Sleep To Get Results
If you’ve trained here at The Gorilla Pit, or if you’ve spent a bit of time looking at our blog, then you’ll know that we understand and value the role hormones play in our strength, fitness and body composition. This role shouldn’t be underestimated, yet it often goes ignored by fitness professionals. Two of the biggest factors that will influence your hormone balance are what you eat, and what you do. Your nutrition and training. There is, however, a third factor, and this is one that can monumentally derail even the most well structured training and nutrition plan. If you read the title of this piece then you already know I’m talking about sleep.
The hours of sleep we have are our body’s best opportunity to recover, repair, and rebalance. If we diminish the quality or quantity of our sleep then these processes suffer. You should be aiming for seven to eight hours each night of quality rest. Here are a few tips on getting the most out of our slumber:
Avoid Caffeine, Alcohol, Nicotine, And Other Chemicals That Interfere With Sleep
First and foremost, I feel I should point out that if some of these are on your regular consumption list anyway you should be taking them off regardless of how you sleep. Nonetheless, alcohol interferes horribly with the quality of your sleep, you might fall to sleep very quickly after a few glasses of wine, but it’s going to be a poor sleep with limited recovery potential. Likewise caffeine. Even if you’re one of those people who can have a cup of coffee and be asleep half an hour later that doesn’t necessarily mean your sleep will be as restful as it would be without the coffee.
And don’t smoke. Just don’t smoke.
Keep The Temperature Around 20c
Not too hot, not too cold. Too warm a room is going to interfere with you achieving deep sleep for a number of reasons, not least of which is the discomfort that excessive sweating in bed can cause. Too cold a room meanwhile might be okay if you have a nice, thick blanket, but your extremities can still suffer, as can your whole body if you accidentally lift your cover and let in that icy night air. Control the ambient temperature and you stand a much greater chance of controlling your own temperature and thus your sleep quality.
No Screen Time For An Hour Before Bed
That’s right. Instead of exposing yourself to the stimuli of flickering screens (computer, TV, device), try doing something that doesn’t over-stimulate. Try listening to music (something calming, not Metallica), or light reading. I specify “light” here because you don’t want to over-stimulate your brain or make it work too much. Reading for professional development, reasons of learning, or to challenge yourself might not be the best thing at this time of day. I recommend you keep and read a stack of books on personal development, I recommend you have a crack at some Albert Camus at some stage, but likely these things are going to tax your brain. In the hour before bed, try listening to light music and reading something that engages you but doesn’t make you think too much. It’s not the time to learn.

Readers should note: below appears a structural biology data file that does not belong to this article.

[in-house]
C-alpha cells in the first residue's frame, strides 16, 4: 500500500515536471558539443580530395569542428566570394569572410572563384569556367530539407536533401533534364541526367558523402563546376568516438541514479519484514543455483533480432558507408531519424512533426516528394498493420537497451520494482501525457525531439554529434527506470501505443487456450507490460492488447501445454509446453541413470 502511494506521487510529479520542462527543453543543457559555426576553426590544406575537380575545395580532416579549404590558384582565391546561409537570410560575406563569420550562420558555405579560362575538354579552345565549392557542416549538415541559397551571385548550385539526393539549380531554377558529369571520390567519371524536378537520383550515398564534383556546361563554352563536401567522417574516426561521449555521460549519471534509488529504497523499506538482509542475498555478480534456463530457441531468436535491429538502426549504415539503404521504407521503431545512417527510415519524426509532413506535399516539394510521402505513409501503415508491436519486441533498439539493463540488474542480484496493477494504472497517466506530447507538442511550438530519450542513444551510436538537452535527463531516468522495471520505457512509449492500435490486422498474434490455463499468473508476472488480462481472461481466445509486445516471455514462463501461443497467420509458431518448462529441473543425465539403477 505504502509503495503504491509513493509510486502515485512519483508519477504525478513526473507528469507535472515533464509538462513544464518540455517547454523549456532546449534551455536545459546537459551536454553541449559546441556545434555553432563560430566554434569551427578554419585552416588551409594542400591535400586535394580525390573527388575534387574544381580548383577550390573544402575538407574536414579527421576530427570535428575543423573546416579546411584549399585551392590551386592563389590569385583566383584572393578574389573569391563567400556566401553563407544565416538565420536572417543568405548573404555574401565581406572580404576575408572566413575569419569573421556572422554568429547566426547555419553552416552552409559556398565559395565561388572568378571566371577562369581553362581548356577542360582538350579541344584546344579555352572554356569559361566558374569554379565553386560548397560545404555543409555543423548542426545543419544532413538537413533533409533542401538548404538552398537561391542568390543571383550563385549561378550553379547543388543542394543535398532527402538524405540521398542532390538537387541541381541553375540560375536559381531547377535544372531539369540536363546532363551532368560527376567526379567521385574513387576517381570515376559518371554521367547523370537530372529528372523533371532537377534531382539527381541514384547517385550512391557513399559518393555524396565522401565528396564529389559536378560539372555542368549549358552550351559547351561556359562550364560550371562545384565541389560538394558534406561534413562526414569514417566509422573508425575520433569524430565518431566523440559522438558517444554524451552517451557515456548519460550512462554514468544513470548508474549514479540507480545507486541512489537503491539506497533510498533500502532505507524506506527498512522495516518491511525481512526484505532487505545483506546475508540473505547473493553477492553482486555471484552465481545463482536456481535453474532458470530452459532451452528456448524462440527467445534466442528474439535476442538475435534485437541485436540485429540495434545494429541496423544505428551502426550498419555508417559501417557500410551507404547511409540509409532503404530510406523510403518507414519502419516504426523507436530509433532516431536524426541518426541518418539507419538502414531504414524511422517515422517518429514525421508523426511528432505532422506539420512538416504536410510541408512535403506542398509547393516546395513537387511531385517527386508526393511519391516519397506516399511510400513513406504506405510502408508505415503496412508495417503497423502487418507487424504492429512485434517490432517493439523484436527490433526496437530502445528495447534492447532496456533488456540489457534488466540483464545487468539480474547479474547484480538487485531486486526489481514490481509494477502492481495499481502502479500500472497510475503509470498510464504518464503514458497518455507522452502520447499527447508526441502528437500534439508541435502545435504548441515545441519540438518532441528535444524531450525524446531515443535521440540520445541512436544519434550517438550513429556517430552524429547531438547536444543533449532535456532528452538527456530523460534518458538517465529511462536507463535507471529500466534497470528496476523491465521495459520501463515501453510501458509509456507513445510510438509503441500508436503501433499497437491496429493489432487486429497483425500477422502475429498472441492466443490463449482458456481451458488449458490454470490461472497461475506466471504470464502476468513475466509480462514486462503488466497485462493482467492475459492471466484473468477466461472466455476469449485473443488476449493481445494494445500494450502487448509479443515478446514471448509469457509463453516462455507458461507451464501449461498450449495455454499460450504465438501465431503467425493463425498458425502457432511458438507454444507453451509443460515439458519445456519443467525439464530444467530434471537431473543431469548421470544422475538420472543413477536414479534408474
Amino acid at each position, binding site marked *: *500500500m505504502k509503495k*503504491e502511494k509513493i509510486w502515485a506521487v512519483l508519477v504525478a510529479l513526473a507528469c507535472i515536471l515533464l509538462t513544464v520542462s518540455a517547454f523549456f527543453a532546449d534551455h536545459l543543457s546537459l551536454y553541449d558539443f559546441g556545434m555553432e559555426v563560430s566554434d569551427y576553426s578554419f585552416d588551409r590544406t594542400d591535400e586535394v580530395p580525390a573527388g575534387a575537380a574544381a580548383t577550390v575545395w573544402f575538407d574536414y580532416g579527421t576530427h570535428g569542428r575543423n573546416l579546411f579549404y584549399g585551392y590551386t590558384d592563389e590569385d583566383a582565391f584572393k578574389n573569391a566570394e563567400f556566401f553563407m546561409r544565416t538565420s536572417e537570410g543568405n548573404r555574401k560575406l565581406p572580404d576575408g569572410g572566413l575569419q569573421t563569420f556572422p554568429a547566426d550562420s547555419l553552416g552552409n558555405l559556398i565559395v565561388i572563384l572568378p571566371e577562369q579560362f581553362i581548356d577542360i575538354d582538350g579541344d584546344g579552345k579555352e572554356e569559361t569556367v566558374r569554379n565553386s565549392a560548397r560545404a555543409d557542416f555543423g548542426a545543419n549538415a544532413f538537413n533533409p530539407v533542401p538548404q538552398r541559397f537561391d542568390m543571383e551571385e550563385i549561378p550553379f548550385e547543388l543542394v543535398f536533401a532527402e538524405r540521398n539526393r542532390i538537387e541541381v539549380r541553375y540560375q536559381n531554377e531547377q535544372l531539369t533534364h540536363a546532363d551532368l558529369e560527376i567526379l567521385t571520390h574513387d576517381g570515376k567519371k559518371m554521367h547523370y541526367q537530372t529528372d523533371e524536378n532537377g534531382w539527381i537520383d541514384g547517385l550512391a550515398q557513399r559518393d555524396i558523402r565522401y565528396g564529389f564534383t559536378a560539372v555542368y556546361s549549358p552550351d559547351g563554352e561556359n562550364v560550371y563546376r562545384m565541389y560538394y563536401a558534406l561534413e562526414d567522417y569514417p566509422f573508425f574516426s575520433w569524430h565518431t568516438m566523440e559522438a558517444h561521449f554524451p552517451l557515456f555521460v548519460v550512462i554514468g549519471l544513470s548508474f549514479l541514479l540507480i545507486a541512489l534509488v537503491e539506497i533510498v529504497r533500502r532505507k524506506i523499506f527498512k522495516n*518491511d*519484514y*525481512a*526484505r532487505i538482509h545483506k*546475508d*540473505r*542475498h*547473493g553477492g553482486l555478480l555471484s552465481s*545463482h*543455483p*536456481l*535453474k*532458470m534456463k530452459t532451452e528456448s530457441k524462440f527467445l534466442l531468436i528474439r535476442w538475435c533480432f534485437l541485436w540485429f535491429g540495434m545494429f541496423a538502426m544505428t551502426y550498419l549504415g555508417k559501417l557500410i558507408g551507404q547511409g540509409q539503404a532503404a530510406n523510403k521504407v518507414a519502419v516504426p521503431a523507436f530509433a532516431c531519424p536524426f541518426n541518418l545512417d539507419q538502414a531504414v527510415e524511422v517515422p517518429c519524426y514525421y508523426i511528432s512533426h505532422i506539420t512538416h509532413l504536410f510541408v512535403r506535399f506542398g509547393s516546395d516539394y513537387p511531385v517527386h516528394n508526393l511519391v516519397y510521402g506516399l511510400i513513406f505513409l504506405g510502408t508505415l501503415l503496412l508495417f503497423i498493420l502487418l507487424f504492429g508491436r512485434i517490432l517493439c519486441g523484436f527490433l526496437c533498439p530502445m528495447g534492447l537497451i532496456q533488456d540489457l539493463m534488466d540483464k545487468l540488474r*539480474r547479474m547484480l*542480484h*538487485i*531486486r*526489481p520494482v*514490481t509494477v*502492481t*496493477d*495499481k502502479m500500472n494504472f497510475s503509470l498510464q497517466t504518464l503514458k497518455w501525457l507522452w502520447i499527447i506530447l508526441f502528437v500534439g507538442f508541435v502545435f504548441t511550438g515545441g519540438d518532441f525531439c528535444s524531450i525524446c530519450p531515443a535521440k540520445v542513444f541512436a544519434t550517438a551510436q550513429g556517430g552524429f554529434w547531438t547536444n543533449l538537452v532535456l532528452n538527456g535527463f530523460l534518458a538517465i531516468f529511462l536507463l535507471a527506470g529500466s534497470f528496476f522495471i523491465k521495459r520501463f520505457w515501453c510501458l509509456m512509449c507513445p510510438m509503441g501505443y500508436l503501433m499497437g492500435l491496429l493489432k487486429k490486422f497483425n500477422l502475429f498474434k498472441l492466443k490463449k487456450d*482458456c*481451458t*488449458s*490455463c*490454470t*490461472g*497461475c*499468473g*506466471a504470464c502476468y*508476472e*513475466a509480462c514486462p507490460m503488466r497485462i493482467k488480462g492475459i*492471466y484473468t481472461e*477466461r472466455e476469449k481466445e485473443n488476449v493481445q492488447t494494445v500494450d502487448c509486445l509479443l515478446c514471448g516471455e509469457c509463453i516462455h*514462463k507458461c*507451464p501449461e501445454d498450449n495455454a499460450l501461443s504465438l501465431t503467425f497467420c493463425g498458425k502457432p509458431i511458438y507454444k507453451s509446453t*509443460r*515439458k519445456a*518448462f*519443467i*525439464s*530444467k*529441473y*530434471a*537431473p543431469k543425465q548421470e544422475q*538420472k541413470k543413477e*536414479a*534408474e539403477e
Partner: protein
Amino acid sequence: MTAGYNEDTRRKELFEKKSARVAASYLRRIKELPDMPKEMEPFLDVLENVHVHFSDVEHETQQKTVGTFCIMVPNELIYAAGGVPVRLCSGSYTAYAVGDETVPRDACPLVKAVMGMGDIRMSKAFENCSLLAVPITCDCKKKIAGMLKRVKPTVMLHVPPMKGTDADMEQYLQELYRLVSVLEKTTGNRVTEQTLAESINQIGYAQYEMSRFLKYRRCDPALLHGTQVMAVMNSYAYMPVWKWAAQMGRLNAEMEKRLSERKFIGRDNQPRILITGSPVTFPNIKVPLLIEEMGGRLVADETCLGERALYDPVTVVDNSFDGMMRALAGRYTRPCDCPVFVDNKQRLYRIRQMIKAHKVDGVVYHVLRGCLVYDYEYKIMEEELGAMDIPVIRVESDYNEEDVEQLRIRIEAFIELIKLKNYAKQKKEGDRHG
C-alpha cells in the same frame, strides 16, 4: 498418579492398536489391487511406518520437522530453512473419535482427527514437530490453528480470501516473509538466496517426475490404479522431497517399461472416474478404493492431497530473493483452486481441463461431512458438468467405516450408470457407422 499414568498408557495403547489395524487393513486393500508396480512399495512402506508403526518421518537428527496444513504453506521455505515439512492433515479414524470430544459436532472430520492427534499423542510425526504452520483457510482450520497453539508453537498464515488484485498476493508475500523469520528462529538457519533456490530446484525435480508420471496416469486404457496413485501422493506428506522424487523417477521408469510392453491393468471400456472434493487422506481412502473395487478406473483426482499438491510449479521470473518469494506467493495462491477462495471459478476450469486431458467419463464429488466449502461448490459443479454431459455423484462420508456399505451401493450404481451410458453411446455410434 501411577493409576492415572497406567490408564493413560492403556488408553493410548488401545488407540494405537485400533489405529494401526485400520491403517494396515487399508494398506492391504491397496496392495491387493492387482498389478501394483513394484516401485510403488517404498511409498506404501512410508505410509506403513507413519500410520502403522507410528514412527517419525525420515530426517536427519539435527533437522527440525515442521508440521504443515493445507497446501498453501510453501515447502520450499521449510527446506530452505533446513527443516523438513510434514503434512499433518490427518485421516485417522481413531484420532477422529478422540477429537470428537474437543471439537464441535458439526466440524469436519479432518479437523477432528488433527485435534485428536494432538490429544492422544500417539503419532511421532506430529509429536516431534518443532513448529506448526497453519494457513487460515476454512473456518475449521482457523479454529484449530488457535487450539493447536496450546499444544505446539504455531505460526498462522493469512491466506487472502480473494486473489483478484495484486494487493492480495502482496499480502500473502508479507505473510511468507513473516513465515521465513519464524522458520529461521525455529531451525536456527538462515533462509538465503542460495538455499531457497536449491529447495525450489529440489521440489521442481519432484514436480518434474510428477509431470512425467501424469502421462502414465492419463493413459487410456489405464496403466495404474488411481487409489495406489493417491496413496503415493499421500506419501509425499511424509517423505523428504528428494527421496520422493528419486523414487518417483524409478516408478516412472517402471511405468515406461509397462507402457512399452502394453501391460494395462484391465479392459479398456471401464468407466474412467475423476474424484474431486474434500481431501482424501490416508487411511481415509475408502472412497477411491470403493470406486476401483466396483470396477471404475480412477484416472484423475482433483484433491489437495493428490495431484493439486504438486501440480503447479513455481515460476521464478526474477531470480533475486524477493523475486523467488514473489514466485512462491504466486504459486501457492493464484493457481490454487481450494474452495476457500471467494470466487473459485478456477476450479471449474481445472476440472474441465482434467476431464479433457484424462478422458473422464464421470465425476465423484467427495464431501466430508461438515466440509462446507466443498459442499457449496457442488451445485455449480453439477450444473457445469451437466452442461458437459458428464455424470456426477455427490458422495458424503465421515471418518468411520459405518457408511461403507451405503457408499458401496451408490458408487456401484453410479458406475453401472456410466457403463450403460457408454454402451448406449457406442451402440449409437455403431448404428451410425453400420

My old friend… No lights in your room. Nothing. No light coming in from the outside. No power lights from your computer or TV (neither of which should be in your bedroom anyway), not even an alarm clock. Light messes with your sleep patterns, so shut it all out. You don’t sleep better with “some” light in your room, even if you think you do. You might go to sleep a little more quickly, but that’s just a matter of adjustment. If you want high-quality sleep once you’ve dropped off, no light at all.
Follow A Consistent Routine and Schedule
It might be a bath and a light snack, followed by half-an-hour of reading, it might be listening to music, it might be the ritual of a shower and donning your favourite Snoopy pyjamas. Whatever it is, if you train your body to associate these cues with sleep time it will begin to prepare for sleep when you begin the ritual.
Stick to the same going-to-bed and waking-up time every day, whether you have plans for those hours or not. Try not to vary by more than one hour, and even then do it as little as possible.
A Balanced Fluid Intake
By which I mean water. Not cola, not coffee, not coconut-water, definitely not that radioactive coloured stuff that’s sold under the title “sports-drink.” Drink enough that you don’t wake up thirsty during the night, but not so much that you’re getting up and passing quantities of urine that would put a racehorse to shame throughout the night.
Now go train, then eat, then sleep.
Are you not achieving the results you want? Have always struggled with your nutrition? Training hard but still not losing that stubborn belly fat?
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